Multiplying 2-digit by 1-digit

Video transcript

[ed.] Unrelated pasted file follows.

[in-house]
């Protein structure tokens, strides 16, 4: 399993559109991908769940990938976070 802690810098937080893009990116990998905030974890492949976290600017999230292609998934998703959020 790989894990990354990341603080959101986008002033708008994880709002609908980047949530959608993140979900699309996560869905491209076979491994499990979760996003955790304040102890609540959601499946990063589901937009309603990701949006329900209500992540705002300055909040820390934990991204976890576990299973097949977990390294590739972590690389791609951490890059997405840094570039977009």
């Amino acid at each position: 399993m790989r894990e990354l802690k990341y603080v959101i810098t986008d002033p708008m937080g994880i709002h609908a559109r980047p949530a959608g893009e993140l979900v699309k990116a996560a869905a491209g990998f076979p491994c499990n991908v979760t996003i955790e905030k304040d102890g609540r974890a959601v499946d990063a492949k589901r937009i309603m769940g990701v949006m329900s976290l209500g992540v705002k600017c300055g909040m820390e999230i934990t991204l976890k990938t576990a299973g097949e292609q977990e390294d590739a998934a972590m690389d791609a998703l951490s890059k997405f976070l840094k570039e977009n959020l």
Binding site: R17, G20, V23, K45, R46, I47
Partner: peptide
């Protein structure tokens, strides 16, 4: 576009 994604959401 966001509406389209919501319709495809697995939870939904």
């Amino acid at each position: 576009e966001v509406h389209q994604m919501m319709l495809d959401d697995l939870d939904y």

Let's try to calculate 3 times 32. And I like to rewrite it, and this is one way of doing it. I like to rewrite it where I have a larger number on top. So in this case it's 32. And I write the smaller number right below it. And since the smaller number is only one digit, it's only a ones digit, I put that below the ones place on the larger number. So I'll put the 3 right over here. And of course, we can't forget our multiplication symbol. And this is essentially a way of saying the same thing. You could read this as 32 times 3. But 32 times 3 is the exact same value as 3 times 32. It doesn't matter what order you multiply in. Now let's try to compute it. And once again, this is only one way of doing it. There's many ways of doing it. And I want you to think about why this works. We'll start with this 3 down here, and we're going to multiply it times each of the digits in 32. So we'll start with 3 times 2. Well, 3 times 2 from our multiplication tables, and you can figure it out even if you didn't know your multiplication tables, is 6. So 3 times 2, I'll write 6 right over here in the ones place. Now we're going to figure out what 3 times 3 is. Well, once again, we know that 3 times 3 is 9. And since I'm multiplying times the tens place right over here, I'm going to put it in the tens place right like this. So we're done. We got 32 times 3 is 96. And I really encourage you to think about why this worked. And I'll give you a little bit of a hint here. I'll give you a little bit of a hint about why this worked. Remember, 3 times 32 is the same thing as 3 times 30 plus 3 times 2. And if you look at it that way, that's essentially what this process did. We did 3 times 2 is 6. 3 times 30 is 90. You add them together, you get 90 plus 6 is 96.